However, the crisis has made many people feel that it is the right time to plan for their future and that of their family by making a will, and we are now frequently dealing with enquiries about how this can be done.
Our private client advisor, Katie Birch, explains how she is dealing with clients’ specific issues relating to wills safely.
“A legally valid will is a written document that has to be signed by the person making it in the presence of two independent witnesses, who must both see each other and sign the will too. This is, of course, a challenge, but we have managed to overcome it” says Katie.
“We are all working safely and remotely and are taking instructions, at a time that is convenient for our clients, using video call, such as by Skype, which enables the transaction to be carried out in the face to face manner that we usually offer. Where clients don’t have access to a computer or don’t like to use video calling, we can deal with the instructions by telephone. Where possible, all documents are shared using email, which is completely safe due to our encrypted systems. If this is not possible, we are accepting posted documents.”
How is a will witnessed during the coronavirus crisis?
As mentioned above, your will must be signed in the presence of two independent witnesses. During these times of social distancing, we understand that this might be difficult, as the people who are living with you are most likely close dependants and also beneficiaries. Unfortunately, a beneficiary of a will cannot witness it. If they do, the will may become invalid and the relevant witness will lose the right to any bequest within the will.
“Whilst the government has said that it is urgently looking at witnessing requirements, at present, our advisors can attend a client’s home with another person (who lives in the same house as our advisor) who will act as the second witness. Sometimes a neighbour is acting as a second witness – the first witness being our advisor. The signing of the will and the witnessing is all done safely whilst people are at least two metres apart but can see each other. When it is all finished, our advisor allows the client and any witnesses to retreat and then picks up the signed will.”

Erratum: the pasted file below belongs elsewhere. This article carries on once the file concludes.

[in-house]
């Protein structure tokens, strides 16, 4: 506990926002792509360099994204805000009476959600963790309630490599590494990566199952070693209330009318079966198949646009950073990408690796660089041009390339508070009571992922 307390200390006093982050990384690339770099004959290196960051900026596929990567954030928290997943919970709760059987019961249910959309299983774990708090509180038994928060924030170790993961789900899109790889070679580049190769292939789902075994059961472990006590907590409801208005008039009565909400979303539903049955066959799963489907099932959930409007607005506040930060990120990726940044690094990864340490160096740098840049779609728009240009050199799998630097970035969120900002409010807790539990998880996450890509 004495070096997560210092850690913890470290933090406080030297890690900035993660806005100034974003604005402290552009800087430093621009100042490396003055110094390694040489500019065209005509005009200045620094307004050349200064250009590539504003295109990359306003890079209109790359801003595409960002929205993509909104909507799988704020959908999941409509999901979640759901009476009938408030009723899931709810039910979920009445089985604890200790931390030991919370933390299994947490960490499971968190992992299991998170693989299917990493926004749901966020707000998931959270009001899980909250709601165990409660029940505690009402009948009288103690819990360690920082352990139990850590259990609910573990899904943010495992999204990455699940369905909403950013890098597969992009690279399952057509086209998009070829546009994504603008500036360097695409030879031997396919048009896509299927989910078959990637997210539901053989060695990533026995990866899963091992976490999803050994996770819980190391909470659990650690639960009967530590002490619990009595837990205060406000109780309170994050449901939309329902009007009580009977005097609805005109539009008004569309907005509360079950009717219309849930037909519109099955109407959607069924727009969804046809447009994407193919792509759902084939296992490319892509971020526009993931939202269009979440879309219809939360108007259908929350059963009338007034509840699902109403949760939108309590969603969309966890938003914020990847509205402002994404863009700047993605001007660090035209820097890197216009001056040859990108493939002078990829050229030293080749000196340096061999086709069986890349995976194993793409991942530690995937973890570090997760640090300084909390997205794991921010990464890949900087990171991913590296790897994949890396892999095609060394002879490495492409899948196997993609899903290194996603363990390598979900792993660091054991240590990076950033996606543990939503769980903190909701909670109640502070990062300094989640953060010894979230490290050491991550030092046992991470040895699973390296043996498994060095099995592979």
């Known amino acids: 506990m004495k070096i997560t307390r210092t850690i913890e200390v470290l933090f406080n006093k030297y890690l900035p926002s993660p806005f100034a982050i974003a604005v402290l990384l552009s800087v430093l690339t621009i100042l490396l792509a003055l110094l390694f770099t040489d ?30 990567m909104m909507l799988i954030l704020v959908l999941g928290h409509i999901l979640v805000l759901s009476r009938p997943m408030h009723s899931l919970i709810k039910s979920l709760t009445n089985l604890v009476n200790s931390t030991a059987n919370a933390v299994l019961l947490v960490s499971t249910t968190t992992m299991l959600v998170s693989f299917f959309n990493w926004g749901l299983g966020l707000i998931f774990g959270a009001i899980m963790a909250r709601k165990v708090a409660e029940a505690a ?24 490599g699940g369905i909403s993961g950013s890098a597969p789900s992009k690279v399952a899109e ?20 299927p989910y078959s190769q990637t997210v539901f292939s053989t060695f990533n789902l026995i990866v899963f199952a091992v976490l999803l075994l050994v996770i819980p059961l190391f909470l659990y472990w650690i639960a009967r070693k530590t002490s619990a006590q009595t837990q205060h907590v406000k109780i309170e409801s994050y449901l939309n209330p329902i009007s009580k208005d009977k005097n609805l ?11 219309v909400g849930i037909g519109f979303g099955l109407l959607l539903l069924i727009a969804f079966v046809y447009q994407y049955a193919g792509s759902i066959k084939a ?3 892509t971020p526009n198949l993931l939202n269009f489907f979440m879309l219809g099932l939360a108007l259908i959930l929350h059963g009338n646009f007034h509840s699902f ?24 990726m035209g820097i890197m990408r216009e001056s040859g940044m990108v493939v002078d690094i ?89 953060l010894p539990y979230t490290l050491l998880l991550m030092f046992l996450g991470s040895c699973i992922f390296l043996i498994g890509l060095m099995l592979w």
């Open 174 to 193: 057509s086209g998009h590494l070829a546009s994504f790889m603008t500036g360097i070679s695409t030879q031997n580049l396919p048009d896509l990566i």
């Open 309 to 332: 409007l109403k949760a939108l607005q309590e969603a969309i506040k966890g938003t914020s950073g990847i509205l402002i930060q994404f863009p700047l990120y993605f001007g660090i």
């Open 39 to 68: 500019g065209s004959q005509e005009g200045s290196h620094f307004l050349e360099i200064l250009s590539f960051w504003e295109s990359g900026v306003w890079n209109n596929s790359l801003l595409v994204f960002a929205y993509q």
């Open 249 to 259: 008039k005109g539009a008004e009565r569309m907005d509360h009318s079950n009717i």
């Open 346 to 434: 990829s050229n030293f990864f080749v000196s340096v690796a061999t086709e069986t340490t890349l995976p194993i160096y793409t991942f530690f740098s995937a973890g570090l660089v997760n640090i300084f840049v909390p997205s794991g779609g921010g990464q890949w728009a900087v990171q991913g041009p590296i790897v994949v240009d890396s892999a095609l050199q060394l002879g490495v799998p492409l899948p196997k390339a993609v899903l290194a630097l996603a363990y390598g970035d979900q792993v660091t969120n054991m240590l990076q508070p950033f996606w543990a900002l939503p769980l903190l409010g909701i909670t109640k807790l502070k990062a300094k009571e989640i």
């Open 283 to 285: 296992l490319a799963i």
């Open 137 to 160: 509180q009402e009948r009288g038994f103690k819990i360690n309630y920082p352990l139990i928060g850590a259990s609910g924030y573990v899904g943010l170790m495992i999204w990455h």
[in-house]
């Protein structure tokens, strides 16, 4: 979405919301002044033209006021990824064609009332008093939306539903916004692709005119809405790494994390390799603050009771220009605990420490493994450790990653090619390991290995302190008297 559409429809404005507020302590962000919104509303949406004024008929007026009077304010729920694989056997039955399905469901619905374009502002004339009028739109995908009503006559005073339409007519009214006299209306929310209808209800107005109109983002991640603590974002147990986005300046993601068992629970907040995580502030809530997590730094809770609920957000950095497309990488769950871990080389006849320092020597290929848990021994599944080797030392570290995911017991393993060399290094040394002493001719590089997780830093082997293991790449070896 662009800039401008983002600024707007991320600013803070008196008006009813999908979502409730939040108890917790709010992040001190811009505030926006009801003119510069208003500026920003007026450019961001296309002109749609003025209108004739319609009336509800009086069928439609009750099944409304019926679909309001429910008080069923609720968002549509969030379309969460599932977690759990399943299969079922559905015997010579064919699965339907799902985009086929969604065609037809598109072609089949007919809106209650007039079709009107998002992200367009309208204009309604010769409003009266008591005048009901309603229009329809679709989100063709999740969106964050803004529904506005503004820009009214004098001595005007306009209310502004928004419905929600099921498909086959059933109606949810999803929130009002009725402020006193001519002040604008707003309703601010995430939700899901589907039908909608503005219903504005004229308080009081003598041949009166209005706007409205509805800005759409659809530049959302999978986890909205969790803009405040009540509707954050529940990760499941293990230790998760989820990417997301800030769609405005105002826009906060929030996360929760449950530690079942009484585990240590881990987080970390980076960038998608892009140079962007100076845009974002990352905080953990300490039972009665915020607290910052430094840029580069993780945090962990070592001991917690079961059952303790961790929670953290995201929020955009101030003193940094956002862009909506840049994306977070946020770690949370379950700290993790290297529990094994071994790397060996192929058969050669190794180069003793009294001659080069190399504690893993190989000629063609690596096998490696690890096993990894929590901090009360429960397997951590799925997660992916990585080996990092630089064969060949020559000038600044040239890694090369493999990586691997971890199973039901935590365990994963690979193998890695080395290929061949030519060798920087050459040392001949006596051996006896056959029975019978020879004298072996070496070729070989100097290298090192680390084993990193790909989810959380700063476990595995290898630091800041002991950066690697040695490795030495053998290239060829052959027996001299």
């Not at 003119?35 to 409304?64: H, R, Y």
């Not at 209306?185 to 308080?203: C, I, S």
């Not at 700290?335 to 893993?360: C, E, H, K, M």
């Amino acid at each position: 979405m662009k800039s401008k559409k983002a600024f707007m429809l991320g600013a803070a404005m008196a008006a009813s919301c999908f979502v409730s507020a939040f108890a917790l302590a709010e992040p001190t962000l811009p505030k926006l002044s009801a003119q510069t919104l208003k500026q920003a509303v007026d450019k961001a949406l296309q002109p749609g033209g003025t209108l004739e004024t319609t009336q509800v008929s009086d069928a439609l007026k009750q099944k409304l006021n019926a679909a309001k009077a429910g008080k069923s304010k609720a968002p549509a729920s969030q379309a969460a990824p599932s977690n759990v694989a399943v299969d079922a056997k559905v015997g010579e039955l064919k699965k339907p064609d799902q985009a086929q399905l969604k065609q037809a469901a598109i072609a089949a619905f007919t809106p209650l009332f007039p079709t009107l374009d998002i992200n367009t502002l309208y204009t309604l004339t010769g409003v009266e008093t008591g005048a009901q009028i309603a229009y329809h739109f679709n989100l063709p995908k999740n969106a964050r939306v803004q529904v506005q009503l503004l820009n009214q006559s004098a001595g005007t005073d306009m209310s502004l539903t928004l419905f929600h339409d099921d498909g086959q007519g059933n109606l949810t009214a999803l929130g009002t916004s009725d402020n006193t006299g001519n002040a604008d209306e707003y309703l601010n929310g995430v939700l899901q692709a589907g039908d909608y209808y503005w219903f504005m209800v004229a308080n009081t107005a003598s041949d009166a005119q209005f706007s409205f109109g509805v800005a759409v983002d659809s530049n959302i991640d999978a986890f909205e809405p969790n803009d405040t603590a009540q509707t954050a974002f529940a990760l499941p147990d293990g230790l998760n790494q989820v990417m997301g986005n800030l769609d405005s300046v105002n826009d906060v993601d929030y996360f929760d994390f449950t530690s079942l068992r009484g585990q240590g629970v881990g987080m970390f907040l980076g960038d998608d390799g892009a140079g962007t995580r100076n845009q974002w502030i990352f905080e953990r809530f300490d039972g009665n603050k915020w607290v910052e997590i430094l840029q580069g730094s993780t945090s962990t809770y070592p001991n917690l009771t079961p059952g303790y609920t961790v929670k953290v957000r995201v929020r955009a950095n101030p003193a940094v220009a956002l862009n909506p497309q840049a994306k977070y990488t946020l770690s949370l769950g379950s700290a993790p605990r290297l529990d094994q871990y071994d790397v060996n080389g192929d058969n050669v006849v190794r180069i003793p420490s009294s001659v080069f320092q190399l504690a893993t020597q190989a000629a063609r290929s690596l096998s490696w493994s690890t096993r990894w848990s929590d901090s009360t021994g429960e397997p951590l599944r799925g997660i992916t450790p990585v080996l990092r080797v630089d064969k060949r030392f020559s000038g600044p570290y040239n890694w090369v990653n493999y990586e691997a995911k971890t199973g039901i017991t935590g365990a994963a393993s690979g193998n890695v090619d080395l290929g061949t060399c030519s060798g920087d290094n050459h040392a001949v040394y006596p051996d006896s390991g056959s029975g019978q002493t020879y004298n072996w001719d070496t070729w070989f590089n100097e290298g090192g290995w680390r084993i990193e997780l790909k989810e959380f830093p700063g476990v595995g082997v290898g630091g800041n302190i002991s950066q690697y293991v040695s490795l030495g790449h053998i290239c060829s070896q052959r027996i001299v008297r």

Can I amend an existing will during the coronavirus crisis?
Yes, again we can deal with any amendments you want to make by video call or by telephone. Some amendments can be made to the will itself, whilst some will need a codicil (a separate document that is attached to the existing will). Both types of amendment need to be executed in the same way as a will, i.e. signed by the person making the amendments in the presence of two independent witnesses (they do not need to be the same people who witnessed the will when it was first made). If major amendments are required, a new will is recommended. Our private client advisors will advise you on the best way to make any amendments. We can deal with making amendments remotely, in the same way as we deal with making a new will, as detailed above.
We have put as much in place as possible to help ensure that you and our staff remain safe, whilst enabling us to continue to offer the same professional and seamless private client service that we have always provided. We have now carried out our ‘at home’ wills service for several clients and have found that it is working well. Not only that, but Katie is going one step further and is also offering to do shopping for those clients who are vulnerable or unable to get out of the house.
Please contact Katie or one of our other private client advisors, Ellie Bowater or Maria Amin to find out more or make arrangements for your will to be drafted. You can also find out more about making a will on our web pages.
If you are over 70 years old, our free ordinary power of attorney might be of interest to you. Find out more here.
Author: Katie Birch, private client advisor.